In approximately one week, I will turn 31 years old.
Thirty one. As a guy who loves being active and would love to consider himself an “athlete”, my coming years are usually those known as a slow decline in to a dad-bod and decrepit-ness in our society. My testosterone will begin to wane, minor signs of degeneration will begin to show up in my spine, and in another, weirder universe the professional athlete version of myself will not see max money after my current contract expires since my best days will have been behind me. Although real world me won’t have to worry about how I’ll feed my family with my less-than-optimal multi-million dollar contract, he will certainly have to address the biggest factor in why I might start seeing a decline in how my body functions: soft tissue dysfunction and inflexibility.
As a soft-tissue expert, I spend my days fixing my patients’ adhesions and preaching the analogy of “muscle dentistry”. Adhesion can be seen as a “muscle cavity” in your musculoskeletal system, causing pain and or dysfunction that alerts your body that something is wrong. Things such as a balanced exercise routine, soft-tissue mobilization after exercise or a long day at work, and stretching would be ways to “brush your muscle teeth”. If you have a cavity, there is no number of times you can brush to remove the cavity. You have it and it isn’t going anywhere unless you see a “muscle dentist” (me) to remove it. Once its removed, regular brushing and an occasional maintenance check up will keep the “cavities” away. Once I heard this analogy used I loved it and have been using it ever since with my patients. For as much as I preach these things, I SUCK at doing it myself and this year I’m going to change it. In fact I’m going to shoot for the stars. By January 1, 2018, I’m hoping to be able (or damn close) to do the side splits. How am I going to do this you might ask?
This presents a bit of a challenge since I am the best option within a 90 minute drive of Milwaukee and there are some structures that I simply cannot treat on myself and most of those are used while performing the splits. I’m opting for some aggressive deep-tissue massage for some help, but I know I won’t be able to get everything I need from this. TBD on what I’ll end up doing.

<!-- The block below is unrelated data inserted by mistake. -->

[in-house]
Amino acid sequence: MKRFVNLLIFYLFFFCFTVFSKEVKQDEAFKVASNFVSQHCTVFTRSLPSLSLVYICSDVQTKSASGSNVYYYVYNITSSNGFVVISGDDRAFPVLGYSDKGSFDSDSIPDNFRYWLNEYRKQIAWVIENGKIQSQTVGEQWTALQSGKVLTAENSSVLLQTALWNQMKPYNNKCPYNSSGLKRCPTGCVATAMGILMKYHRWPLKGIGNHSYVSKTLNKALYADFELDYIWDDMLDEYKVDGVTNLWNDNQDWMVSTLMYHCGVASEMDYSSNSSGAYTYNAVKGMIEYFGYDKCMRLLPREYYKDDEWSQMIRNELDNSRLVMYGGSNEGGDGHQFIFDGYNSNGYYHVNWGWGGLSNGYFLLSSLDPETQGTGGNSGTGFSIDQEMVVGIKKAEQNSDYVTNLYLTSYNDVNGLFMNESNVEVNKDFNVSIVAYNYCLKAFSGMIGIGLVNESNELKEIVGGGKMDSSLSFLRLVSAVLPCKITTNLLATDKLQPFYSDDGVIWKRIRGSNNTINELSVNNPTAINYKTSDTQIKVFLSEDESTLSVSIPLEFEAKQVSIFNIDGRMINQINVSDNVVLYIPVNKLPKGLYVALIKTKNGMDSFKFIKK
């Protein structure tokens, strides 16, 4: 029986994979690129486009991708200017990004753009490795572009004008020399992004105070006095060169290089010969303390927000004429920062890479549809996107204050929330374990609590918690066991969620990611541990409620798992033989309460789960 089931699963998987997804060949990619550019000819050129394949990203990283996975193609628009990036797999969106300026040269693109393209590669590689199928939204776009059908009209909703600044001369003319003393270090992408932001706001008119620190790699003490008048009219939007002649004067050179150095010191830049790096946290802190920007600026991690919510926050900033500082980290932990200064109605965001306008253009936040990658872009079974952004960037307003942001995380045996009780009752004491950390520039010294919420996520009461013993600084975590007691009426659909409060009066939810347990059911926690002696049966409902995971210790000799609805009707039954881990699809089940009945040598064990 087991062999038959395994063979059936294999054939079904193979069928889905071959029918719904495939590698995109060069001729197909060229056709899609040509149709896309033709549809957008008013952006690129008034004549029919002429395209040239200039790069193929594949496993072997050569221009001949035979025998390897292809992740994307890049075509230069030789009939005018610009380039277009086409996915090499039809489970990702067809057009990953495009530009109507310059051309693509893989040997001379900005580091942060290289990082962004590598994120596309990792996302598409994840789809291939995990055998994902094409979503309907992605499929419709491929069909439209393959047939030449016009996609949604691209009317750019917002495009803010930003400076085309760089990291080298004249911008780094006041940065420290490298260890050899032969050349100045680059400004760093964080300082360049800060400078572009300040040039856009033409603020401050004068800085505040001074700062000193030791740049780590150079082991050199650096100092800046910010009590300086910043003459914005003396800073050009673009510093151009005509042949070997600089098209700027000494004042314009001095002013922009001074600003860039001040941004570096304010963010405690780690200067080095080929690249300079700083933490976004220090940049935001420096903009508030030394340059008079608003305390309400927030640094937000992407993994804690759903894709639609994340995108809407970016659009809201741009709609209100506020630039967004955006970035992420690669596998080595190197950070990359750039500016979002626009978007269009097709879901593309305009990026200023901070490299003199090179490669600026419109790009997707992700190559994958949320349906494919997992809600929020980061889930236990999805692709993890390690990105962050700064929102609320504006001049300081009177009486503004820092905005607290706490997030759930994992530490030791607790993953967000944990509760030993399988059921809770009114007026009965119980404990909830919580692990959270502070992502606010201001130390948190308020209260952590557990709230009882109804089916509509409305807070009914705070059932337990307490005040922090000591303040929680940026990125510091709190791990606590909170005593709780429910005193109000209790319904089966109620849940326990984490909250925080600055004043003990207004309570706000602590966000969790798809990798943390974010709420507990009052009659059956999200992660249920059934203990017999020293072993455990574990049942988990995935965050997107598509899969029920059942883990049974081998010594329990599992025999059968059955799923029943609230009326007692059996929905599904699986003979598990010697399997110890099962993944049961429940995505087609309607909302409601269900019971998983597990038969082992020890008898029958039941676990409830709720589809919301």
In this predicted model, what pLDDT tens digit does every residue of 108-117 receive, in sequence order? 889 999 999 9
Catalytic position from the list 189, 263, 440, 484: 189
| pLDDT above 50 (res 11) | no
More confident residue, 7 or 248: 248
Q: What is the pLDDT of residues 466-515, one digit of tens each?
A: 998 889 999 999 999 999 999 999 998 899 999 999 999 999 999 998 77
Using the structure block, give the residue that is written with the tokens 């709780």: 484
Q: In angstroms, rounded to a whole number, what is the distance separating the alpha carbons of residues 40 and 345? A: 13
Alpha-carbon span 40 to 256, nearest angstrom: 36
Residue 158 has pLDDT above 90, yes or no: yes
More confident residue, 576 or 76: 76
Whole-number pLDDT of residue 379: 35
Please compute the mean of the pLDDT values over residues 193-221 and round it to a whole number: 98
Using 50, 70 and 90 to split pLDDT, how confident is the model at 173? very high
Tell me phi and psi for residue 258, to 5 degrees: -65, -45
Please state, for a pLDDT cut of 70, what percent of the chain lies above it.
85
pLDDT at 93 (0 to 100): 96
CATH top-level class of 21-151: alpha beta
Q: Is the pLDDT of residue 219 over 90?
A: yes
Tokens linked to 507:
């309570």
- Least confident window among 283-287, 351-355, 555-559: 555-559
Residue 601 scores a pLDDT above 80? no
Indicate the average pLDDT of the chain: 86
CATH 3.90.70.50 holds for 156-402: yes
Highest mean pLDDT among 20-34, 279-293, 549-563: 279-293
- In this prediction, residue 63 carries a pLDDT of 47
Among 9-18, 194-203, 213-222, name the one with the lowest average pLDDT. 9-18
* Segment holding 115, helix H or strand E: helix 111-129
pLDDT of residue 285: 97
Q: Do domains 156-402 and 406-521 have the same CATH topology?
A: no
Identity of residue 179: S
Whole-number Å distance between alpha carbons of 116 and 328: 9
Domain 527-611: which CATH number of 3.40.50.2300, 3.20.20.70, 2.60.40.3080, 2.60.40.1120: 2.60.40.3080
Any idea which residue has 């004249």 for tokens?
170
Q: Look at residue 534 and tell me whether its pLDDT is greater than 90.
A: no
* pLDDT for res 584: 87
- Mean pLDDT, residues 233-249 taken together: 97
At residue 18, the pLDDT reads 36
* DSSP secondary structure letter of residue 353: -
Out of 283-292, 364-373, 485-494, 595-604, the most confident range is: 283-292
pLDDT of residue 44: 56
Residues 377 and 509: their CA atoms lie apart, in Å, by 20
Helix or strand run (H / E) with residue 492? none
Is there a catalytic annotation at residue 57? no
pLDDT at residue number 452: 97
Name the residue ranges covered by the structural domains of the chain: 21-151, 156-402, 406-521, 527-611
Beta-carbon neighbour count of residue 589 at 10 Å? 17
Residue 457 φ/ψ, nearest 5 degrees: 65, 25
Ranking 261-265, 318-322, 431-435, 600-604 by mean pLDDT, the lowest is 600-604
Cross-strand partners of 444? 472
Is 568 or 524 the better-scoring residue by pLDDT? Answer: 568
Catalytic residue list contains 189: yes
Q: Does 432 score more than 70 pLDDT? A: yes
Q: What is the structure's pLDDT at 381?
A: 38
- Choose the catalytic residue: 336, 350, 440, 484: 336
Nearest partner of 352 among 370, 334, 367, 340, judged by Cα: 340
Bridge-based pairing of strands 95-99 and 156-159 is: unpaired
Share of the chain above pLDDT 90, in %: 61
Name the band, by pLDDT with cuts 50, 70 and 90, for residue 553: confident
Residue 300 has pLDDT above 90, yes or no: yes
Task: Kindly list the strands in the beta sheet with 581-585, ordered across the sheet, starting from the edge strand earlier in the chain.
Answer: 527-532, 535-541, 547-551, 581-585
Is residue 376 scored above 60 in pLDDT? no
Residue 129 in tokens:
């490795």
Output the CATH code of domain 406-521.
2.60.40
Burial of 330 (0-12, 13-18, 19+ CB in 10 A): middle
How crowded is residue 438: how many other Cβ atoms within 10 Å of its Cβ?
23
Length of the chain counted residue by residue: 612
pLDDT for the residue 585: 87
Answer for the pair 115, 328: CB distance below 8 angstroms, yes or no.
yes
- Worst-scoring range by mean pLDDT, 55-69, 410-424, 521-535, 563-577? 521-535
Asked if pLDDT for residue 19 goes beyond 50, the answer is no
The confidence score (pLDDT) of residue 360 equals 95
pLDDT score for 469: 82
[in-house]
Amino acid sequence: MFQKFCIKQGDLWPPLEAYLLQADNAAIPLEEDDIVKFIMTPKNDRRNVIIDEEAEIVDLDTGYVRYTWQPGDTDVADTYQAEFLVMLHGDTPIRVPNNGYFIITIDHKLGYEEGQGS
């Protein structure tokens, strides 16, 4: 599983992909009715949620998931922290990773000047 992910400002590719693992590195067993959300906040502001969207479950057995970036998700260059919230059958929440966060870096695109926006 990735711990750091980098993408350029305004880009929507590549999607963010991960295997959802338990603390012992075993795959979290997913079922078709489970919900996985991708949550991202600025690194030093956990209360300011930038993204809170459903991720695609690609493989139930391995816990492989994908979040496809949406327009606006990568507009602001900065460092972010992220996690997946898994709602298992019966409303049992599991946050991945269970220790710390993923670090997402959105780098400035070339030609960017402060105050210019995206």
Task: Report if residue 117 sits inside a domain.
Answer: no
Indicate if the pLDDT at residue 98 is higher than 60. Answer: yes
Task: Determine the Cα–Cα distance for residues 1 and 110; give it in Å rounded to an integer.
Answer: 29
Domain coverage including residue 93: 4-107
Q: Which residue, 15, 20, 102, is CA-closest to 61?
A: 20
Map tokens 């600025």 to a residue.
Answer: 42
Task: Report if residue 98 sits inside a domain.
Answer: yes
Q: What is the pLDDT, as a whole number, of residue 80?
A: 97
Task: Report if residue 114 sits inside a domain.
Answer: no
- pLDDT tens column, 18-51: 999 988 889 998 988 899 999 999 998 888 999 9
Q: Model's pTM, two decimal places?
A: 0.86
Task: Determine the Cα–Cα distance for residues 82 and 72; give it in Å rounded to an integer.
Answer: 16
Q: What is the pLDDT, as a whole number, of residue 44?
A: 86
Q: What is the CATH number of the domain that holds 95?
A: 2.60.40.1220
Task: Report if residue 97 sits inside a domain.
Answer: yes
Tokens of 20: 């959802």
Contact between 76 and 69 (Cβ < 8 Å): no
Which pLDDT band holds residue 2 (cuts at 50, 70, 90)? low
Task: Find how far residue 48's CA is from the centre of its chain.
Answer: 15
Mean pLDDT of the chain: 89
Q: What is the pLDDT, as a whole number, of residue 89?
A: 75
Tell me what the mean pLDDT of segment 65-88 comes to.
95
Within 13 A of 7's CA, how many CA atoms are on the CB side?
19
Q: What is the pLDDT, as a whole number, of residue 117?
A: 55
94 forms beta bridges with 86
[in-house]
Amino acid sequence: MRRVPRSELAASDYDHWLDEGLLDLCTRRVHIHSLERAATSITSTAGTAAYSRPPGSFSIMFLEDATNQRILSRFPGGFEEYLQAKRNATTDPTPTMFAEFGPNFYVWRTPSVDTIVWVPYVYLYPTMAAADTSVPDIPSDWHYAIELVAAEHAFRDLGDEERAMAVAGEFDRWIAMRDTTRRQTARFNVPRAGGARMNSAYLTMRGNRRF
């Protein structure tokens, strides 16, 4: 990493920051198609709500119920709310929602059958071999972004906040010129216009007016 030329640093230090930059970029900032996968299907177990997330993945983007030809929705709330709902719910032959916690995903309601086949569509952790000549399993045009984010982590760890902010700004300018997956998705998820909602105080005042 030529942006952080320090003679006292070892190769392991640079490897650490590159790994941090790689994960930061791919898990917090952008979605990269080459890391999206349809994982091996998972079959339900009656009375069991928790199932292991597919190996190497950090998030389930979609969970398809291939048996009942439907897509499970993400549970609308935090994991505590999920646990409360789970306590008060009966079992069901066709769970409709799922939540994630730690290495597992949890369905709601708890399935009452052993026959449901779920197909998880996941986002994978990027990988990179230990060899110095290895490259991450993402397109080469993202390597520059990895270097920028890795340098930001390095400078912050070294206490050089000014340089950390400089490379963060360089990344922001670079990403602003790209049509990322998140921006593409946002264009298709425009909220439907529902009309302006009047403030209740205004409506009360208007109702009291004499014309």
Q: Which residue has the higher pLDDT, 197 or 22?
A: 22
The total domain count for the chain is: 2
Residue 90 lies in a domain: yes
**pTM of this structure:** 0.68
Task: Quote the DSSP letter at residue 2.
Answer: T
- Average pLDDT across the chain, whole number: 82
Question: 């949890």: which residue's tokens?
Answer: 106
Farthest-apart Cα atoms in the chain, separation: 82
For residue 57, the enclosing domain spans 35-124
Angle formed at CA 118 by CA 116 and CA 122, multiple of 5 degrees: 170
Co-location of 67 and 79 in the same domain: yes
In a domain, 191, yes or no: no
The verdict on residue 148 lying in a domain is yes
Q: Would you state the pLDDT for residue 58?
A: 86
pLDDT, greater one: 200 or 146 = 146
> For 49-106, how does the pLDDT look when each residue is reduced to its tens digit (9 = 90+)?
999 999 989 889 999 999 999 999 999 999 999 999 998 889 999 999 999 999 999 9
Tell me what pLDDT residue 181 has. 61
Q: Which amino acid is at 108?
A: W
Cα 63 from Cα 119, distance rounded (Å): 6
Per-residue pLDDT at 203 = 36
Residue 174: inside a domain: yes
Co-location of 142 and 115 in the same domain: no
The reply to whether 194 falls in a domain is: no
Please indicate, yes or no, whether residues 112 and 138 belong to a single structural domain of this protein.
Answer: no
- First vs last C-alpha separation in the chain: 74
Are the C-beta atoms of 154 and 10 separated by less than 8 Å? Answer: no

Find a program
Aside from trying to do yoga twice per week, I scoured online and at the gym on exactly how I will manage this epic task. Around the gym I was told by the most flexible man I know (Kellen Milad–a pretty smart cat) that I should be sure to devote plenty of time to flexibility everyday and make it part of my lifestyle going forward. Coming from a man who practices his hip range of motion out the handstand position, I’ll take his word for it. On the internet you can find pretty much everything and this certainly includes “how to do the splits” routines aplenty. After an hour or so, I decided on the routine outlined at fitbodyhq. The site mentions that you should check your doc to see if you’re healthy enough to do this routine and I definitely wish more people would take this to heart with exercise. Just because you aren’t obese doesn’t mean you don’t have a certain amount of injury risk when starting an exercise routine (my patient load is a reflection of this). The routine is pretty well rounded (includes both front splits and side splits) and includes exercises as well as stretches and suggests that I will need an “epic playlist” to get through it all. I see you, fitbodyhq, I see you.
As a person who loves to watch a good Netflix episode or seven, I think I know exactly where I can fit this in my day. Having two hour lunches and working out of gyms doesn’t hurt either. If you are one to wake up early and get your workout in, that would be a great time. For most millenials I think the period of time we spend on our phones after work/working out/eating/breathing would do the trick as well.
Here are a few pics letting everybody know where I’m starting at in this quest. These pics are after I had already started a bit of stretching so now my side split stretch has graduated from “my muscles are ripping out of their insertion points at my knees” to “very uncomfortable but tolerable intensity”. As you can see, its going to be an uphill battle.
I will do my best to keep a running progress report of how I’m coming along and changes I notice in my body along the way. As I improve, I fully expect my overall function to improve as well, since my “ceiling” for function has gotten a bump. This will in turn reduce my likelihood for adhesion popping up in my body in the future, which is a pretty sweet thing perk. Wish me luck!